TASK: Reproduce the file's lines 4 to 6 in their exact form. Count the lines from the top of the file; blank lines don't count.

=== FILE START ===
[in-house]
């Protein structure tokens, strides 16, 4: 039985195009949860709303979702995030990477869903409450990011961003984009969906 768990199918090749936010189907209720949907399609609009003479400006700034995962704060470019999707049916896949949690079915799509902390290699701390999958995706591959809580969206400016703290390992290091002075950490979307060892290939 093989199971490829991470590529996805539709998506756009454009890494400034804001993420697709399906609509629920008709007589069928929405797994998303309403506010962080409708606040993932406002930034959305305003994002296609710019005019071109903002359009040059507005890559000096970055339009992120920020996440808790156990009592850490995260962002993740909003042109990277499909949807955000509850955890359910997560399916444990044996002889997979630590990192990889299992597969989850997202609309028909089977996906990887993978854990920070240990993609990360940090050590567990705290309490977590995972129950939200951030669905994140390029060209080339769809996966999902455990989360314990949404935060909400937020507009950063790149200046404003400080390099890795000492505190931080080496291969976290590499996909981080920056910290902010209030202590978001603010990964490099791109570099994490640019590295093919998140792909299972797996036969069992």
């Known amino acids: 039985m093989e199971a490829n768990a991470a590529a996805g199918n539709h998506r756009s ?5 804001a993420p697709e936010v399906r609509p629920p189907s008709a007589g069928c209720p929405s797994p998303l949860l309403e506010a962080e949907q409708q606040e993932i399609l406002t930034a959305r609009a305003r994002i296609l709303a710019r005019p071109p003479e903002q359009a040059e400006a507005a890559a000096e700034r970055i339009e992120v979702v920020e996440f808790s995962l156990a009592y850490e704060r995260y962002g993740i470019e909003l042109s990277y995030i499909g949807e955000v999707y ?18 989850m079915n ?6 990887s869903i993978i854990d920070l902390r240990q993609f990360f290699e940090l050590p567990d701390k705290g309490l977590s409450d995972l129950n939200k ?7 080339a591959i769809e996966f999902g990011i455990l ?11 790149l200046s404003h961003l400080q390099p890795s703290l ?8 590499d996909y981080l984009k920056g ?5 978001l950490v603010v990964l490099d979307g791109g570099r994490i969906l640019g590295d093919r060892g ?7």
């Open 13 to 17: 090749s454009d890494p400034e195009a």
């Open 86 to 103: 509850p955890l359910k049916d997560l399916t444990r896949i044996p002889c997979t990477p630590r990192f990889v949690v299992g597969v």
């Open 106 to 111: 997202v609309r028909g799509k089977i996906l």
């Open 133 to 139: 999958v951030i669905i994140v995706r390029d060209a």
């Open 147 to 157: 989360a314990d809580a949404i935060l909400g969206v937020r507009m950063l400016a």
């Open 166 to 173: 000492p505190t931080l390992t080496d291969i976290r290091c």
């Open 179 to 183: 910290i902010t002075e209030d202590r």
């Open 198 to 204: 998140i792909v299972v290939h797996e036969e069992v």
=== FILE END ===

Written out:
């Open 13 to 17: 090749s454009d890494p400034e195009a």
């Open 86 to 103: 509850p955890l359910k049916d997560l399916t444990r896949i044996p002889c997979t990477p630590r990192f990889v949690v299992g597969v």
């Open 106 to 111: 997202v609309r028909g799509k089977i996906l």